Scared of big waves? Check. Terrified of sharks? Absolutely. Afraid of being wiped out and looking foolish? Yes! These seem like perfect reasons not to take a surfing lesson, still I ignored all of these very rational fears and caught waves in Costa Rica this summer.
I asked wave-loving brothers Alex Faherty and his twin, Mike, who hail from the beach town of Spring Lake, N.J., but have spent more than a decade surfing in Costa Rica, for the inside scoop on great beginner waves.
At Costa Rica’s Witch’s Rock, the waves are a bit intense for beginners. (Photo: Witch’s Rock Surf Camp/Flickr)
Naturally I’d heard about the legendary Witch’s Rock in Costa Rica as “the ultimate surf experience” and wanted to try that out. Thankfully Alex suggested calmer waters until I got my surf legs.
The brothers, who are surf ambassadors at the recently opened Andaz Peninsula Papagayo Resort in Costa Rica, also have their own namesake surf brand store in SoHo in New York City that has seriously cute bikinis. I snapped up a Japanese navy floral bikini I imagined I could wear while catching waves to the shore — err, if I caught waves that is — at least I’d look good doing it. As it turned out, a rashguard is a must. Even if the water is warm, it’s necessary for sun protection, and for newbies, it helps prevent skin from rubbing against the board.
A vintage surf bus courtesy of Andaz. (Photo: Julie Earle-Levine)
But back to surfing. I followed Alex’s tips to try out Iguanita, a beautiful beach at the back of Bahía Culebra, which is bordered to the north and south by two rocky points.
To get surfing-ready, I had fresh Costa Rican coffee by the hotel’s barista and a light bite — by the way, surfing on an empty stomach and only coffee is not recommended. Iguanita, which is a short trip across the bay from the Andaz property, can be reached by boat. After a brief surf lesson on the beach, where I lay on my board like a turtle and paddled like crazy for practice, it was time to try it in the water. Lying on a big, soft foam board was fun. Actually standing up and catching a wave was even better.
The author, fresh from surfing in Costa Rica (Photo: Julie Earle-Levine)
Paddling out from the shore, albeit only 50 meters or so to the surf break, and keeping your head up high (not unlike a lizard looking around) can be tiring but worth the effort. After only a few tries, and I’ll admit a surfing lesson years ago, I was able to pop up on my board and with a little maneuvering, bend my legs and balance my arms — wheeeeeeeeee! I was shredding it, catching waves to the shore and paddling out again for more. All too soon, it was time to head back in for fresh pineapple and watermelon. Back at the hotel, I indulged in a hot stone massage using local sugar cane rolled over the body to soothe tired muscles. It was heavenly.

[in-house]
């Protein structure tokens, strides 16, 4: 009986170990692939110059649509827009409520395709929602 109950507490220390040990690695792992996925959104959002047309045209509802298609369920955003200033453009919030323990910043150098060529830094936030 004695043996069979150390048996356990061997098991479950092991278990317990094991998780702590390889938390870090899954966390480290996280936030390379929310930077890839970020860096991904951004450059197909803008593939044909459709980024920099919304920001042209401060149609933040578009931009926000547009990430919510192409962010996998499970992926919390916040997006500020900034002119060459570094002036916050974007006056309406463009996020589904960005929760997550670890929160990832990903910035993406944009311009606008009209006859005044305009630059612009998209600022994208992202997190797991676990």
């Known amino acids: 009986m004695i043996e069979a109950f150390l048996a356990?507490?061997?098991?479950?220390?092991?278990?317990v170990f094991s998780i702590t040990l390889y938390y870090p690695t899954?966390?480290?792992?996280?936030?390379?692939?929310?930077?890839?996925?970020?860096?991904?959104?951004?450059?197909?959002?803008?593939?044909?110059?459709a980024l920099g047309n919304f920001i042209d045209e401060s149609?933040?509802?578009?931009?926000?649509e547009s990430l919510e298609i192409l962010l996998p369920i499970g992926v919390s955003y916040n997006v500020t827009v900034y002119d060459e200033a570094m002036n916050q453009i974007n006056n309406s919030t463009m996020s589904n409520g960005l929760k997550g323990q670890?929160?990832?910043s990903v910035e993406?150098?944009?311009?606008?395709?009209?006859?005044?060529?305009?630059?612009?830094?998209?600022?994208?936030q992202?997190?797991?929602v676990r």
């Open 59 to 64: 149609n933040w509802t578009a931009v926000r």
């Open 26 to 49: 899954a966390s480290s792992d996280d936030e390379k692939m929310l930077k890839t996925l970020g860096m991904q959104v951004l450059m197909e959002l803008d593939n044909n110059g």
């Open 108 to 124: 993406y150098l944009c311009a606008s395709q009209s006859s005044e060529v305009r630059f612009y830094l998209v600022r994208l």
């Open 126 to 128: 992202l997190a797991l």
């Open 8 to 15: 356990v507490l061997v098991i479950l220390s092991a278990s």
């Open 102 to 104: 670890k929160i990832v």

Do you want to catch some waves? Here are a few other great locales for beginner shredders:
La Jolla Shores is a great place for beginner surfers. (Photo: Seth Rader/Flickr)
For surfing virgins, San Diego offers many great beaches, including La Jolla Shores, which is a safe, gentle spot to enjoy or learn surfing. There are plenty of surf schools as well as year-round lifeguards in case you want to surf on your own – always good to know you’ve got back up! Stay at Hotel Palomar, which has free yoga mats if you want to practice your downward dog (Surfers love yoga for stretching!) and other perks, including free coffee and Wi-Fi.
Surf and sleep in lovely Santa Monica, Calif. (Photo: Couresty of Le Meridien Delfina)
Perfect Day Surf Camp offers group and private surf lessons in Santa Monica, Calif. When you are learning, it’s nice to get one-on-one attention so you can scream for help if you need it. For when you nail it and want to show off your new surfing skills, they also offer up birthday surf parties so you can show off to your friends. While you’re there, stay at Le Meridien Delfina. The boutique property has its own Surf’s Up package, with discounts on surf lessons and a picnic basket for snacking while watching surfers from the shore. Rooms are available from $269 a night through Sept. 30.
This view and killer waves? Sign us up! (Photo: Julie Earle Levine)
Rancho Santana, on the southwest Pacific coast of Nicaragua and three hours from Nicaragua’s capital city of Managua, has some of the best, uncrowded surf breaks in Central America. There are 10 different breaks reachable by boat or car just a short distance from the ranch. This destination has two miles of shoreline, five beaches, and its own surf instructors.
Who knew you could surf in New York? (Photo: allisonhasabox/Flickr)
Rockaways – that’s right, in New York. W New York at Union Square has partnered with Locals Surf School in the Rockaways for a cool weekend surf stay that includes a private surf lesson, a weekend stay in the city, and car service to and from Rockaway Beach. After you hang 10, grab a cocktail at Rockaway Beach Surf Club.
Surfing at Manly Beach in Bondi Beach, Australia (Photo: Christopher Eden/Flickr)
Bondi Beach in Australia is famed for its surfing at Manly Beach, a hot location across Sydney harbor with culture, great waves, surf schools, and surf shops. Manly Surf School has popular one-day lessons, or longer options if you can stay a week. Relax at the Manly Pacific right by the beach, and enjoy the view on one of its pristine balconies.
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